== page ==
September 14, 2008 in City

UI reports increase in enrollment


The University of Idaho appears to have rebounded from a five-year enrollment slump with an aggressive recruitment plan and amped up efforts to attract high school students.

The university has spent about $1.8 million during the past two years to revamp its image and draw more students to the Moscow campus with a campaign that has included flashy brochures and advertisements.

“We’re starting to see the fruits of the effort,” said Wendy Shattuck, assistant vice president for communication at the university.

Student enrollment for the fall semester has increased for the first time since 2003, according to enrollment figures released last week. The university now has 11,791 students statewide, a 1.3 increase from the 11,636 counted last fall.

After steady declines in fall enrollment since 2003 – the biggest drop at nearly 6 percent in 2006 – former university president Tim White had predicted the turnaround would begin this fall.


Jurors summoned in molestation case

A district court has summoned 150 potential jurors – about three times the normal amount – in the trial of a Washington state man accused of molesting four boys at a Boy Scout camp in North Idaho.

An Idaho grand jury has indicted 38-year-old Timothy Andrew Kellis on nine counts of lewd conduct, one count of attempted lewd conduct and two counts of sexual abuse of a child.

Kellis has pleaded not guilty to charges that he abused boys last summer while working as a counselor at the Camp Grizzly Boy Scout camp in Harvard, Idaho. Kellis, a former high school band director from Tumwater, Wash., is now being held at the Latah County Jail in Moscow on a $200,000 bond.

He faces the possibility of life in prison.

Kellis has also been charged with the second-degree rape of a child in Washington, where he previously worked as a high school band director. The 2nd District Court in Latah County normally calls about 50 to 60 prospective jurors in felony trials. Judge John R. Stegner asked for three times that amount, court officials say, because of the nature of the charges.

Jury selection is scheduled to begin Monday and the trial is expected to go on for about a week.


Center will turn roadkill into compost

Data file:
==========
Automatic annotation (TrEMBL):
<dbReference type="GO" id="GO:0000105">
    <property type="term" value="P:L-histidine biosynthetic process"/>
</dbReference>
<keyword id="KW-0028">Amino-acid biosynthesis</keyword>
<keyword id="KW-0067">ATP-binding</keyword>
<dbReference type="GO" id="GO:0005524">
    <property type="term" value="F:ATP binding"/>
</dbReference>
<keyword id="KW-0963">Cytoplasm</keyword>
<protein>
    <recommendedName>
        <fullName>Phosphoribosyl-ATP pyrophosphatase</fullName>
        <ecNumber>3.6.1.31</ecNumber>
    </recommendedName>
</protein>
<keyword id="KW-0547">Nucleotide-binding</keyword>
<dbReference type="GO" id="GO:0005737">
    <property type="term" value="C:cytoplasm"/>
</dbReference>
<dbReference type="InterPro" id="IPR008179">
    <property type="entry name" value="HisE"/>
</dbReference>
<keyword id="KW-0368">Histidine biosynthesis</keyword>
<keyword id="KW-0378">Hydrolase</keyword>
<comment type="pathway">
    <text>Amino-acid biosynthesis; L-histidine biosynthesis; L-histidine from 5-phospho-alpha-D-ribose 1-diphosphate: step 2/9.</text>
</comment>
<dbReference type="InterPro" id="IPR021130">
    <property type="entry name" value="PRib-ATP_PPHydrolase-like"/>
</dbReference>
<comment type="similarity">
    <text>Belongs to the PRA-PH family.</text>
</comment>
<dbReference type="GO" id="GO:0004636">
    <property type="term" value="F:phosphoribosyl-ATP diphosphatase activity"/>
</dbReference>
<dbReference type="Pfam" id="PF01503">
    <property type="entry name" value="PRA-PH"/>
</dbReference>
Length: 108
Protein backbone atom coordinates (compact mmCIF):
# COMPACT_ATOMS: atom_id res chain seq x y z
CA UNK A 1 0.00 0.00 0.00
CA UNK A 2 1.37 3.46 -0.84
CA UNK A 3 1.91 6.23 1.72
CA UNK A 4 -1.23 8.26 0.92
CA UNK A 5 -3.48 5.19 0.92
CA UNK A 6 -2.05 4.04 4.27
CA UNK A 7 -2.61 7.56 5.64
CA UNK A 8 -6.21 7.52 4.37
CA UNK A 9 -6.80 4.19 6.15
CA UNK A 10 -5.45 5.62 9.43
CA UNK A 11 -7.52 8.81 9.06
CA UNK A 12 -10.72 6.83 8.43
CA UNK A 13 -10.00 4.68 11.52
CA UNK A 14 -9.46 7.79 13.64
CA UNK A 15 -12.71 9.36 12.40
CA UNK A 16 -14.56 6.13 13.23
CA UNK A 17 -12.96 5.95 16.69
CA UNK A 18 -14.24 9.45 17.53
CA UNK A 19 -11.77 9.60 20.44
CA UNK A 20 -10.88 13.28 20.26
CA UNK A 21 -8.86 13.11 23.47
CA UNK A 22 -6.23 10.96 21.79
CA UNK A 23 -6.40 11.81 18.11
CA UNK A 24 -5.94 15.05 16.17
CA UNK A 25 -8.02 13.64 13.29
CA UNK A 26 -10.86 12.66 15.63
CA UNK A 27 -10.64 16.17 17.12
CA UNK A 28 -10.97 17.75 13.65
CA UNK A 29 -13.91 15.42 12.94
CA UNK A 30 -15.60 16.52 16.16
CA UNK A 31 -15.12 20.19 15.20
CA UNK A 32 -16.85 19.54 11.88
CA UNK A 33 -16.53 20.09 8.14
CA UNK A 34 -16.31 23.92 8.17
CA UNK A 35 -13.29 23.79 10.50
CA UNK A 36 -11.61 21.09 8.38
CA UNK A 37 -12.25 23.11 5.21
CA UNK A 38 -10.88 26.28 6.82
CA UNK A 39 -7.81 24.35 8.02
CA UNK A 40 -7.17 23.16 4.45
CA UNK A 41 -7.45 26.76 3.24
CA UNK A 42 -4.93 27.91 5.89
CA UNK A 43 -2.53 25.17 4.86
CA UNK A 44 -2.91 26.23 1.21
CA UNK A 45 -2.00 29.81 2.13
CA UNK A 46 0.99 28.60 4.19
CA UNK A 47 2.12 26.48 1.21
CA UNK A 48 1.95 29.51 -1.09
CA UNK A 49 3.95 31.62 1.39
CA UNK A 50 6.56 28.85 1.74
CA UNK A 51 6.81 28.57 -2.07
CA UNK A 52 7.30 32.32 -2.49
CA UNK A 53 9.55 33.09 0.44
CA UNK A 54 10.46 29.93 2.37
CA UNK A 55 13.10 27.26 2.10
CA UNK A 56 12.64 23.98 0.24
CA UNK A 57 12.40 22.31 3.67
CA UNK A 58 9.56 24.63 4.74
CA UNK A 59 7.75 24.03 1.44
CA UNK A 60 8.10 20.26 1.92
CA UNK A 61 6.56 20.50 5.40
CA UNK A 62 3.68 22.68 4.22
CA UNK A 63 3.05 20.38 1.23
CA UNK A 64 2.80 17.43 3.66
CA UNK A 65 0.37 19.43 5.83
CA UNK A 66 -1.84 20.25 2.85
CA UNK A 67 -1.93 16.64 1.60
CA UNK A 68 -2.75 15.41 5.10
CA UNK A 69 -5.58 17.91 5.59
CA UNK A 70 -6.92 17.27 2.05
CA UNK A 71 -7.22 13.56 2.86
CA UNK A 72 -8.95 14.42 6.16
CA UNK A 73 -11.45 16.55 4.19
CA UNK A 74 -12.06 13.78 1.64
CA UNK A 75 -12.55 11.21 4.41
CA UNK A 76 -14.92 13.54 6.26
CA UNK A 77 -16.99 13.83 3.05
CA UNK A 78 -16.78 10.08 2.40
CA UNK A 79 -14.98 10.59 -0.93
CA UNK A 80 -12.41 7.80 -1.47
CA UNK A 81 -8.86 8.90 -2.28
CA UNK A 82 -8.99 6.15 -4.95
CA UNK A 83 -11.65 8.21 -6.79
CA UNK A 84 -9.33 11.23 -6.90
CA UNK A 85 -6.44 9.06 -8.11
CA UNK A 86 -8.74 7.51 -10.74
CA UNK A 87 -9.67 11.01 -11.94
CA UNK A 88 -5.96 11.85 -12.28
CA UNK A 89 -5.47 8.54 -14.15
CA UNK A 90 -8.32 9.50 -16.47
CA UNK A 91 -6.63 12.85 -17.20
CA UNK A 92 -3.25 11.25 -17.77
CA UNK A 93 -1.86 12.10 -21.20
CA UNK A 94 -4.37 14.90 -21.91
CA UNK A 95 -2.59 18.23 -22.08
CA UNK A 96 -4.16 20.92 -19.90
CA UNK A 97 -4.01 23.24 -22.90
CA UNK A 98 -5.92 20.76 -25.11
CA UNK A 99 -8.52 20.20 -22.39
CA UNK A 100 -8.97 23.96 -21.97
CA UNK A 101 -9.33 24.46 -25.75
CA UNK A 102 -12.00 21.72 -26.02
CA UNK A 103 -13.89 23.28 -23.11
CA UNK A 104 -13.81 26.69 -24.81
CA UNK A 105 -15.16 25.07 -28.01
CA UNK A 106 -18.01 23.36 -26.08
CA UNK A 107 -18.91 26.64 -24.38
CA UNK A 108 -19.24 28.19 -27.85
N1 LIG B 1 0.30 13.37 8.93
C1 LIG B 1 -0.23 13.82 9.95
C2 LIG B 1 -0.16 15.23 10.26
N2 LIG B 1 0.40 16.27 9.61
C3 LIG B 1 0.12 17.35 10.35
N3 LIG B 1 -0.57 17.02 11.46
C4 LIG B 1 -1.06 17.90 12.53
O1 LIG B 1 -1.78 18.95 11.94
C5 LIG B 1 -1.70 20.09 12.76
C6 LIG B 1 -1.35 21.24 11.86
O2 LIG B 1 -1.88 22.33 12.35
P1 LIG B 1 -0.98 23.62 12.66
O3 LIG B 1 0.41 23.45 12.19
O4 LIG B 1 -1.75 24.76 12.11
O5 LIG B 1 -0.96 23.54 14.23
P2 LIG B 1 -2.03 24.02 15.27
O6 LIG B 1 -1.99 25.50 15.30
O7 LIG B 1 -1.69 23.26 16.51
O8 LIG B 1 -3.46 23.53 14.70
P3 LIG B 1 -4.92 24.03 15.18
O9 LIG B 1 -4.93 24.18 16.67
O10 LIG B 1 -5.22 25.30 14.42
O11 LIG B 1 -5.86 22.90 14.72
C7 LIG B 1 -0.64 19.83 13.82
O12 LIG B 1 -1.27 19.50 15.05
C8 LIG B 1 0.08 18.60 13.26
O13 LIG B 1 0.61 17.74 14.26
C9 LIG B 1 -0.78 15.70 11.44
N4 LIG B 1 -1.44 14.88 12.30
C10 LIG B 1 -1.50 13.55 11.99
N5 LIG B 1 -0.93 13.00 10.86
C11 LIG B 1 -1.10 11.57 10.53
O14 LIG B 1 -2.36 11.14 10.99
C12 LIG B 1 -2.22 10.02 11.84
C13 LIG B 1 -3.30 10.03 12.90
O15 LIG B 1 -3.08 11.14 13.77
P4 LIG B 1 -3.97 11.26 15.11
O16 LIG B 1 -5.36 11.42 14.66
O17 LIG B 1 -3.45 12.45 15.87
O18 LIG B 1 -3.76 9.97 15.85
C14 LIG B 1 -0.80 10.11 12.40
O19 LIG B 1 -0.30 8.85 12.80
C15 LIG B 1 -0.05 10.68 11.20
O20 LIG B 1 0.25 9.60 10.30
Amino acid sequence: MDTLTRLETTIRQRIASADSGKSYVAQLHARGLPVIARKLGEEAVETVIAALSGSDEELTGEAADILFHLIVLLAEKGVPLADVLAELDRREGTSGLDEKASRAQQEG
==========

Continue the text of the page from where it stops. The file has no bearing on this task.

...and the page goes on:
A new roadkill compost center will ensure that many deer, cattle and other animals killed along Eastern Oregon highways won’t simply decompose in a ditch.

Instead, the roadkill will become productive compost.

The Morrow County Planning Commission has approved a conditional use permit for a composting facility.

Officials say roadside carcasses are becoming a larger problem as Oregon’s population grows and that roadkill attracts scavengers such as coyotes, which bother farmers and boost the likelihood of more roadkill.

Tom Strandberg, the regional spokesman for Oregon Department of Transportation, said the facility would resemble one near Goldendale, Wash. Across the country, officials are re-examining the way they dispose of roadkill, he said.

Roadkill would be taken to one of four bins surrounded by a concrete berm to keep scavengers out. A layer of soil and wood chips would cover the bottom of the bins. The carcasses would be deposited and covered with finished compost and more bulk vegetable matter.

The process should take about three months.


District used sandwiches to recoup debt

The Edmonds School District has decided to stop taking away hot lunches from students whose parents owe lunch money.

For nearly two weeks, workers were told to throw away the hot food students put on a tray if their accounts were at least $10 behind. The children were given a cold cheese sandwich instead.

The policy was temporarily suspended Thursday after parents, cafeteria workers and community members complained about the district’s efforts to recoup more than $200,000 in lunch fee debt carried over from last year.

“We don’t want to throw away food, and we don’t want to embarrass students,” Edmonds Superintendent Nick Brossoit told The Herald newspaper of Everett.

A community meeting has been called for this week to discuss alternative solutions to the district’s lunch money debt problem.

When the school year began earlier this month, 2,750 students owed $10 or more on their meal accounts. After five days of the cheese-sandwich policy, parents paid back $45,269 of the debt.


Zoo’s baby elephant gets a name

The votes are in, and Oregon Zoo’s baby elephant will be named Samudra, a Hindi word meaning lord of the ocean.

But you can call him Sam.

Little Sam loves to take baths, hence the name. Samudra was among five names put to the public for a vote.

Zoo Deputy Director Mike Keele says there were more than 17,000 votes cast. Samudra captured more than 35 percent.

The calf was born Aug. 23 to Rose-Tu, who became confused after giving birth and nearly trampled him. Relations have since improved.

From wire reports

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